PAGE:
Truck drivers are not the best judges at diagnosing their own sleep apnea, a new study reports. Research showed that self-diagnosis and symptom reports fell far short of determining sleep apnea when compared to home testing. Only 4 percent of 517 commercial vehicle drivers in Australia reported an earlier diagnosis of sleep apnea. The study found another 41 percent when drivers were tested with home monitors.
Obstructive sleep apnea (OSA) has been associated with a higher risk of motor vehicle crashes. In December, the Federal Motor Carrier Safety Administration (FMCSA) announced new rules for the maximum hours of work per shift and mandatory rest periods for truck drivers. The FMCSA reduced by 12 hours the maximum number of hours a truck driver. Truck drivers also were mandated a break of at least 30 minutes after every eight hours worked.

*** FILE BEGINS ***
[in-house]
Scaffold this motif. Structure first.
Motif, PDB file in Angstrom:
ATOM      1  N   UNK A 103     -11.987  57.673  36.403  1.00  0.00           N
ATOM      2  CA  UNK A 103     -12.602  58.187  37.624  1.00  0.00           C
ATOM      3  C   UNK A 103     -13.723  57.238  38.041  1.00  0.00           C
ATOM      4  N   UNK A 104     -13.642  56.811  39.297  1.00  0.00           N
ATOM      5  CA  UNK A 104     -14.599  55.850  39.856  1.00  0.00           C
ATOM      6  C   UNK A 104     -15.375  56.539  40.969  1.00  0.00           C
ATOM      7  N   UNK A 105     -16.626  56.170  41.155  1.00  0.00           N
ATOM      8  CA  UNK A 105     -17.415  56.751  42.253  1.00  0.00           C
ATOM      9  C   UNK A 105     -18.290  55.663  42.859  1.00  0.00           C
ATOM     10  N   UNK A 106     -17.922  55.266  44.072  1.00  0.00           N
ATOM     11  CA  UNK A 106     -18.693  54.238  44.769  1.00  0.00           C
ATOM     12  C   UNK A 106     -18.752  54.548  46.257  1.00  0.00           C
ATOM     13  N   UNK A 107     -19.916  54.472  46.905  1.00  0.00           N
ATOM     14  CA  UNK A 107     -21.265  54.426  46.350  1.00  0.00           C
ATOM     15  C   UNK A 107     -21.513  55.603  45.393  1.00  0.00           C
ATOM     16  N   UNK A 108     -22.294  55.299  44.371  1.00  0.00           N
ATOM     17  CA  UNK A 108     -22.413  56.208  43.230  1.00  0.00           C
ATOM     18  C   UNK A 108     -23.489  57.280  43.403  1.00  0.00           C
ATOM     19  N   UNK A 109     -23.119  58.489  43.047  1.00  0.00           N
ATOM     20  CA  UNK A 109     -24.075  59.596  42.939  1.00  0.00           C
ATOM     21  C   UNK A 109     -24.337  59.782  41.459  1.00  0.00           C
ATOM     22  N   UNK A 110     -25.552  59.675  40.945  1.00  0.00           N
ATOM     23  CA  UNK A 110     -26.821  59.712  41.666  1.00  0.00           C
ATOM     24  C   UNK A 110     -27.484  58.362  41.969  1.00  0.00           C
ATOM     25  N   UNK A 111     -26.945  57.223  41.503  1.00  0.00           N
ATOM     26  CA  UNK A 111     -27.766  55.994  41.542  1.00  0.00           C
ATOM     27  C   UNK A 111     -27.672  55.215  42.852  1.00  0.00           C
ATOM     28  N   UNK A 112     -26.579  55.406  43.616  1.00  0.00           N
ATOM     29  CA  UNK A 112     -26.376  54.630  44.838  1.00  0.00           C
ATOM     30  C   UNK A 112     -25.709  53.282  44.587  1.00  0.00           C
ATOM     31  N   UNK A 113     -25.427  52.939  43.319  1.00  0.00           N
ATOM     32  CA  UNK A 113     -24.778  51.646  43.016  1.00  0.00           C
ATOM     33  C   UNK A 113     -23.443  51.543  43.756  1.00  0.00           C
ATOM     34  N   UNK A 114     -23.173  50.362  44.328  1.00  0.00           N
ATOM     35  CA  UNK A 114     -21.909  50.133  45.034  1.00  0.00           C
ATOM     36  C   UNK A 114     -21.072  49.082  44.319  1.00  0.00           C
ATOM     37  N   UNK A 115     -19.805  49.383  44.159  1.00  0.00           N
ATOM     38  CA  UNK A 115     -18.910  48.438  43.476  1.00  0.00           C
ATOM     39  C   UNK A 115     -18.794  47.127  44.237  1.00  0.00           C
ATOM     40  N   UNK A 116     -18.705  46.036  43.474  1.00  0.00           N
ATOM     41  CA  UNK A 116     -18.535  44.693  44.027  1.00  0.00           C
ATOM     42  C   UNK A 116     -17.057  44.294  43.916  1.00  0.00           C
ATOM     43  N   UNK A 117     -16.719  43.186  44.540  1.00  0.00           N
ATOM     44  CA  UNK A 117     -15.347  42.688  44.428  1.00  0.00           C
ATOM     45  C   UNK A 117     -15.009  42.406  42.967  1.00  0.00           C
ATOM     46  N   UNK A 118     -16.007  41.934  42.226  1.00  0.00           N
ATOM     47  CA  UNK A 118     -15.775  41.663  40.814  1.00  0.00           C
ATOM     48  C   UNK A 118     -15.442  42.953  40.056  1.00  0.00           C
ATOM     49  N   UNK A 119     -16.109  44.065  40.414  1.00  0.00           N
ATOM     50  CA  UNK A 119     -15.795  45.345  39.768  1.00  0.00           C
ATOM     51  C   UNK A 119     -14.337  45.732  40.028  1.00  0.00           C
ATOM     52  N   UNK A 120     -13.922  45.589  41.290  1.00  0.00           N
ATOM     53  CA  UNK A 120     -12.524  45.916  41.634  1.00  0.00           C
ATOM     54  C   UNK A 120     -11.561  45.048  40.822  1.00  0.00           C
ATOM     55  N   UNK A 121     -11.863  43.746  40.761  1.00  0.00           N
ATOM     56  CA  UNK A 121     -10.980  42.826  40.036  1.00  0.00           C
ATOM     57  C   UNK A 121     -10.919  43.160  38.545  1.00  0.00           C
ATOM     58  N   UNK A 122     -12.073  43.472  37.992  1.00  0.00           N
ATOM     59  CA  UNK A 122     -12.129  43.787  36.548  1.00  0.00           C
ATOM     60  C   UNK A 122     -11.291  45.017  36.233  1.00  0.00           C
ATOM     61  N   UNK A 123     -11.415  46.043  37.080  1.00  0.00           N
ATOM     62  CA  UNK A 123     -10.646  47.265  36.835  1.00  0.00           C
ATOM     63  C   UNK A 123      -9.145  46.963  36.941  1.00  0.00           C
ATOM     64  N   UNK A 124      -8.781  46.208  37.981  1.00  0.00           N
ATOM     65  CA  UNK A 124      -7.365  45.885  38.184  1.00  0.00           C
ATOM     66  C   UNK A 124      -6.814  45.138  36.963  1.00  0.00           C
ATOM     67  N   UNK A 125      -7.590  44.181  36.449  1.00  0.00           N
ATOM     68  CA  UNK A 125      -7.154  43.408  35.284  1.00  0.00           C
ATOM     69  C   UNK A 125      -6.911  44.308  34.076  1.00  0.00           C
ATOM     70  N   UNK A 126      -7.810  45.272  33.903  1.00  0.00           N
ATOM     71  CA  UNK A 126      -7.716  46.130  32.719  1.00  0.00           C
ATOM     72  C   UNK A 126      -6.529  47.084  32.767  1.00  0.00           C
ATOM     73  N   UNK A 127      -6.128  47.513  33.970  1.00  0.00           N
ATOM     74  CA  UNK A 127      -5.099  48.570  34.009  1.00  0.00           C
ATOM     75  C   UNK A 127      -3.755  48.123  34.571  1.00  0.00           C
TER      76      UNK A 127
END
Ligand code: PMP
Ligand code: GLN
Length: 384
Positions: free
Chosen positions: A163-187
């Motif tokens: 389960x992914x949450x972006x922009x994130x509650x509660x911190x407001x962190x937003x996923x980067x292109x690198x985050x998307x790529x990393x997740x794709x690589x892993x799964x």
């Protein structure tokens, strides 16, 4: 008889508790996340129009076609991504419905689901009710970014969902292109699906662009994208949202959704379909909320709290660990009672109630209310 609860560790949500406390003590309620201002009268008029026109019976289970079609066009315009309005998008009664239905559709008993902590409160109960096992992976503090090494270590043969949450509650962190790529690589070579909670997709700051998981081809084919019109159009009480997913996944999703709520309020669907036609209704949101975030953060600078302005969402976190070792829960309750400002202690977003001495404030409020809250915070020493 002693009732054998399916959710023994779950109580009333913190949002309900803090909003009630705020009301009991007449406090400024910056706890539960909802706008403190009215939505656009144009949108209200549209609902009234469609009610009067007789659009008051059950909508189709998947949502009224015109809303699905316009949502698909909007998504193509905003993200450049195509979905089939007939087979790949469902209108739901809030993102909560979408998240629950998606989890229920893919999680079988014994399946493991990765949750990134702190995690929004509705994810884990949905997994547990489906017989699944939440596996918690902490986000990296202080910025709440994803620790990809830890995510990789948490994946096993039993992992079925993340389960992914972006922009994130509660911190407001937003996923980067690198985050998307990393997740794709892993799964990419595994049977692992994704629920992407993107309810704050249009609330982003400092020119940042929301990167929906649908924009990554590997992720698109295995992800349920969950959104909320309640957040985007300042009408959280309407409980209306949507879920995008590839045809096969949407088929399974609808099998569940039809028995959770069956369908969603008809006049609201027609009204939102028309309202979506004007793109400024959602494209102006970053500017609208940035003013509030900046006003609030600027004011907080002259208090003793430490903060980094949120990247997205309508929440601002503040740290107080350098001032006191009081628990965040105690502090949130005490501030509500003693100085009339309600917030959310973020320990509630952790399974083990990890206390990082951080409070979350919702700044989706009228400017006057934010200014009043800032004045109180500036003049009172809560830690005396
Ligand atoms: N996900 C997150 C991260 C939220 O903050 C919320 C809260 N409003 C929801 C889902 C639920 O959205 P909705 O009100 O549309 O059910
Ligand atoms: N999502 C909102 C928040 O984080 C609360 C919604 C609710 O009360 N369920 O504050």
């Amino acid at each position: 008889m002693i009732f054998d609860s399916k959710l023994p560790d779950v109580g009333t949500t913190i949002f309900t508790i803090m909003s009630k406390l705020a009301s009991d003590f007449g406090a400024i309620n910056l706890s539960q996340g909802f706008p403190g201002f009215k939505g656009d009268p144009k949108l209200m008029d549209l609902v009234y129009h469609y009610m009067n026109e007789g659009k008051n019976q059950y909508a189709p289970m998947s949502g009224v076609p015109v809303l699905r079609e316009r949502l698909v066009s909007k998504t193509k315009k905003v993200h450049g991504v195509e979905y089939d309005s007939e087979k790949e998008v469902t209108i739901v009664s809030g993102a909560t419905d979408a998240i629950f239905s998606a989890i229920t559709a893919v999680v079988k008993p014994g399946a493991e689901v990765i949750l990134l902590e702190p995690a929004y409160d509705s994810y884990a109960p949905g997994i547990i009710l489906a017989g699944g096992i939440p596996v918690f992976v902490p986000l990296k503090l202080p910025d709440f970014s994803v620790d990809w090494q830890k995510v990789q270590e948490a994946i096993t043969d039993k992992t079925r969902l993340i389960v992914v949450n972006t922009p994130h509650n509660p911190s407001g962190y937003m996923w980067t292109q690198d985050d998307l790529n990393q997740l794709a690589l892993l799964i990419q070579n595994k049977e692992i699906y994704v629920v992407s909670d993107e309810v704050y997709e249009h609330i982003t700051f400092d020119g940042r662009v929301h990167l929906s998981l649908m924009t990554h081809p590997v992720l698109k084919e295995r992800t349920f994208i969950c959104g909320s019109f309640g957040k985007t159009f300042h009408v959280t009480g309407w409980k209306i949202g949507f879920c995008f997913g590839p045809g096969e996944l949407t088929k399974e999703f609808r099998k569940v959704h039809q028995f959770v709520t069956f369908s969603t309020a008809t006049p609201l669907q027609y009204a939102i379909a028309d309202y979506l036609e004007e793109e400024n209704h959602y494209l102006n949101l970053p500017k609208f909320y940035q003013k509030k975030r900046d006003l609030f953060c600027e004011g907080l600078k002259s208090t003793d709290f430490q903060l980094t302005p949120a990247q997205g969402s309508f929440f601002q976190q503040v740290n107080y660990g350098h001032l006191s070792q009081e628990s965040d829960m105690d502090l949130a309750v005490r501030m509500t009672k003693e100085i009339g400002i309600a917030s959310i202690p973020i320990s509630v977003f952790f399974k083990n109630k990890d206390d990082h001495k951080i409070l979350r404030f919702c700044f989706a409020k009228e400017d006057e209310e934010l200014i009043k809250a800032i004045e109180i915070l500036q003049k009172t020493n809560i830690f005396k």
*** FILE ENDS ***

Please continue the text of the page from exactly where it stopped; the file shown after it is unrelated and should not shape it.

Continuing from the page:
The truckers in the Australian study worked an average of 65 hours a week. When surveyed, 40 percent of the drivers said they had trouble staying awake while driving in the last month. Of the commercial operators diagnosed with sleep apnea, less than half used continuous positive airway pressure (CPAP) therapy. CPAP is the first-line treatment for sleep apnea.